Smithfield Foods to import corn from Brazil
As drought pushes U.S. corn prices into record territory, Smithfield Foods will import corn from Brazil, a company spokeswoman confirmed.
There have been no volume figures shared by the Virginia-based company or when exactly the first shipment will arrive.
Analysts say while it is unusual for U.S.-based livestock producers to import South American feed supplies, it could right now be less expensive to do so than buy corn grown in the Midwestern states.
The Smithfield decision comes amidst the worst drought in decades in the U.S. Corn Belt which has pushed corn futures prices over $8.00 per bushel for September delivery.
Unlike small hog producers who might also grow their own corn, large producers like Smithfield must purchase massive amounts of corn and soybean meal to feed its hogs.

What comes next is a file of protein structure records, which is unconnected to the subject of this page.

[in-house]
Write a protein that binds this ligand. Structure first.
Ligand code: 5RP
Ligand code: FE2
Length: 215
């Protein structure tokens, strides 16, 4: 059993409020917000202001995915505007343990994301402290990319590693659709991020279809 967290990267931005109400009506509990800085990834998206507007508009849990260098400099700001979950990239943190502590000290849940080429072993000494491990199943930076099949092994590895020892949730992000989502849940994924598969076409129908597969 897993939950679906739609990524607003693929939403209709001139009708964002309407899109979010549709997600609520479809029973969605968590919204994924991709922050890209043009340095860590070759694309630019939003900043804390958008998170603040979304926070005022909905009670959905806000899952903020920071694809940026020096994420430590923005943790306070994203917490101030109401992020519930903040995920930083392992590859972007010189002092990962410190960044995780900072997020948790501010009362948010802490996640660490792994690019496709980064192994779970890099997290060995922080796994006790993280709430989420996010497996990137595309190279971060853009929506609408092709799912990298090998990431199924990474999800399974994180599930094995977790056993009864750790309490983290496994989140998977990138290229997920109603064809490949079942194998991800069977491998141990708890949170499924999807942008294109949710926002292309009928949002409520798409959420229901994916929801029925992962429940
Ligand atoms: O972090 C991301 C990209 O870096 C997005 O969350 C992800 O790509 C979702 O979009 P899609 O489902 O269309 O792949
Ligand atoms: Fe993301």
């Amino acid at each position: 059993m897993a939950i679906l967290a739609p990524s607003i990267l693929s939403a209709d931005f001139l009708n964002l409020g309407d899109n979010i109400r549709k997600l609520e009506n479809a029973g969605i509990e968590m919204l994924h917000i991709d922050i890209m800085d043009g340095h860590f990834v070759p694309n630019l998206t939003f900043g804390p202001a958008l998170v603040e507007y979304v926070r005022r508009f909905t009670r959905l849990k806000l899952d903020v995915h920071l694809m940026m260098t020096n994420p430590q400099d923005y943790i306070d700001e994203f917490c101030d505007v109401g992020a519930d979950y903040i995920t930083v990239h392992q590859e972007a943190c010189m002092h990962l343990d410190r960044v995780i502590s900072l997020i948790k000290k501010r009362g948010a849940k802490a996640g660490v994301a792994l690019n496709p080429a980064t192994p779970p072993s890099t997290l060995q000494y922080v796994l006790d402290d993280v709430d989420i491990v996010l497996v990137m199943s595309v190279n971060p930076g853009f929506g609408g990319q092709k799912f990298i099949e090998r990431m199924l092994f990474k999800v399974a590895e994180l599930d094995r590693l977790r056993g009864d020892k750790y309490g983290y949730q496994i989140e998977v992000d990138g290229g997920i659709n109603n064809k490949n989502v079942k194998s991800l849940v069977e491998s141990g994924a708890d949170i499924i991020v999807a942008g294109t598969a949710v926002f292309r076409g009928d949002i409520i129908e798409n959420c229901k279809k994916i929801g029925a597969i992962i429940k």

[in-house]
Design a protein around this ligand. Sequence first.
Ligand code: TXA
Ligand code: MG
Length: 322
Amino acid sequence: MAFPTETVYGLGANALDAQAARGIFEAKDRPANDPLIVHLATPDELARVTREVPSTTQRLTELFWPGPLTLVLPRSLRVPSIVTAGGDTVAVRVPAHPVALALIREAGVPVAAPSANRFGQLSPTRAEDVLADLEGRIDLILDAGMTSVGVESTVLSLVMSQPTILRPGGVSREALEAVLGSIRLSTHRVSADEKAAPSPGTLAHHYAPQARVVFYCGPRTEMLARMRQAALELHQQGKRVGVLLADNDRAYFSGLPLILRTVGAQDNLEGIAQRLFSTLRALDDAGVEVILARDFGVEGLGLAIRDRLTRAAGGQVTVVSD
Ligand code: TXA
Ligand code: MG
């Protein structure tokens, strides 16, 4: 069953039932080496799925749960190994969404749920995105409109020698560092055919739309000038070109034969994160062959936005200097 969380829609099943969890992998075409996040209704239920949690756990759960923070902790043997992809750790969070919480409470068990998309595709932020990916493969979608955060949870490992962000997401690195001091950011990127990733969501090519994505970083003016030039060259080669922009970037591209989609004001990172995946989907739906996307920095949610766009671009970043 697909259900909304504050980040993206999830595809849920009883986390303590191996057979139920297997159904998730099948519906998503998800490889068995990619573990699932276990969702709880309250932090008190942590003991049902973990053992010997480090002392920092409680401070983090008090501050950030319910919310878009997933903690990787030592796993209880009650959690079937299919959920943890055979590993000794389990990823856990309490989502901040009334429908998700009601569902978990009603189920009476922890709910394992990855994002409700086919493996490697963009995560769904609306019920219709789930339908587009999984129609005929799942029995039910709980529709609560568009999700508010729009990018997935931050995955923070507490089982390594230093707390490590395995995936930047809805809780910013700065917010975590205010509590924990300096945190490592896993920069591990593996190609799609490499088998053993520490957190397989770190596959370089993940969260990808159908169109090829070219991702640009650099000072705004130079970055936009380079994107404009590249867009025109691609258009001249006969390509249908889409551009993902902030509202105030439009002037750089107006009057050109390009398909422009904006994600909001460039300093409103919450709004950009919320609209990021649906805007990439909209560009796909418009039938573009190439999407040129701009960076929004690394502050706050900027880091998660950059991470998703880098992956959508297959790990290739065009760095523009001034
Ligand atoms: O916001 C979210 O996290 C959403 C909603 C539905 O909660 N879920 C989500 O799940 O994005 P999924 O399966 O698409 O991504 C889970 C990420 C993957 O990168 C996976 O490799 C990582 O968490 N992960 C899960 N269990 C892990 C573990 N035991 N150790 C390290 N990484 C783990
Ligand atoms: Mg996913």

Paulo Molinari, consultant at Brazil-based Safras e Mercado, told Marketwatch.com that corn at Brazilian port cities is currently at about $290 per metric ton, compared with $345 at the U.S. Gulf of Mexico. Shipping corn to the U.S. from Brazil adds around $30 to $40 per ton.
“There’s never been this big of a difference in price,” Molinari affirmed. “Brazilian corn is almost always at the same level as in the Gulf of Mexico, if not higher.”
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